The perception lingers that justice remains far from color-blind. James B. Eaglin, chairman of the National Association of Blacks in Criminal Justice, was quoted as saying, There is a view in this country that if you're poor and black or Hispanic or Native American, you won't get a fair deal; and the basic contentions that there are biases at every level of the system are well founded (Simpson, 17). Awards for black victims in civil suits are a third or sometimes half the amount of those given to white plaintiffs. Other studies show that sentences for black criminals tend to be longer than those handed down to whites convicted of similar crimes.
Defenders of the existing system say that sentencing decisions are based on objective measures such as prior arrests, employment history and stability of family background, factors that are commonly believed to predict whether the culprit will err again.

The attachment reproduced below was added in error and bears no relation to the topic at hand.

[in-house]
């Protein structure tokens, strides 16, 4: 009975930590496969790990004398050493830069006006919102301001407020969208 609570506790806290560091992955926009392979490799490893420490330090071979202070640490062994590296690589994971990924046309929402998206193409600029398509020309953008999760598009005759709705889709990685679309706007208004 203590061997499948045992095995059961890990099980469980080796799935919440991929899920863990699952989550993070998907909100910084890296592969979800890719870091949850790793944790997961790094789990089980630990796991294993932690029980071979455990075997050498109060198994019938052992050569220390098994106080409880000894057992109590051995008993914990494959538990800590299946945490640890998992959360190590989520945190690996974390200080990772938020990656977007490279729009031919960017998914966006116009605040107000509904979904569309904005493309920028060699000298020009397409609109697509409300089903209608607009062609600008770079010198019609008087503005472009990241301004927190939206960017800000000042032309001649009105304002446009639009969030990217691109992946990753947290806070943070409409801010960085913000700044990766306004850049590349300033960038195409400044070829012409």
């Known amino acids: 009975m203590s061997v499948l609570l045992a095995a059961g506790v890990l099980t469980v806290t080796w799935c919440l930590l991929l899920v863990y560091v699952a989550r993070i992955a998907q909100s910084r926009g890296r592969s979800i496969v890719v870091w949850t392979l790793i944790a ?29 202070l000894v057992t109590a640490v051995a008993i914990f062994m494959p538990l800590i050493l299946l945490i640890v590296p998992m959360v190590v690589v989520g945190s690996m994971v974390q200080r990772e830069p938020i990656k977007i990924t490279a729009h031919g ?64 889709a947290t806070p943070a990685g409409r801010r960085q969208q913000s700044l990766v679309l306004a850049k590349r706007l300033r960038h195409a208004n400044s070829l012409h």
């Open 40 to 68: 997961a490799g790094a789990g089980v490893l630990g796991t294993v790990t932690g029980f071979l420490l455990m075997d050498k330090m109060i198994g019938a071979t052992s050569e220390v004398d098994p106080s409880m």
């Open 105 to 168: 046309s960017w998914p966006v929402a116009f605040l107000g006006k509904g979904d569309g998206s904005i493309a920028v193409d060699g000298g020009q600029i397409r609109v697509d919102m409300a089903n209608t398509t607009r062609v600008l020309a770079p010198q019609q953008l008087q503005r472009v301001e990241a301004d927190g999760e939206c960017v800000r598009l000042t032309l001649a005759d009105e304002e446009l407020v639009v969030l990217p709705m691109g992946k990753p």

Critics argue that these standards stack the deck against the member of a minority group; they are likened to the literacy tests once used to prevent Southern blacks from voting. Some of the criteria that sound neutral and non-racially discriminatory are in effect proxies for race.
More black faces on the bench, or even at the stenographer's table, might prove to be just as helpful. Franklin Williams, chairman of the New York State Judicial Commission on Minorities, was quoted as saying, when a black person walks into a court and sees a white judge, white prosecutors, white clerks, white stenographers, do you think they are going to believe they are going to get justice? Black attorney frequently complain that they are not accorded the same respect that their white colleagues receive. Archibald Murray, executive director of the Legal Aide Society in New York City, says black members of...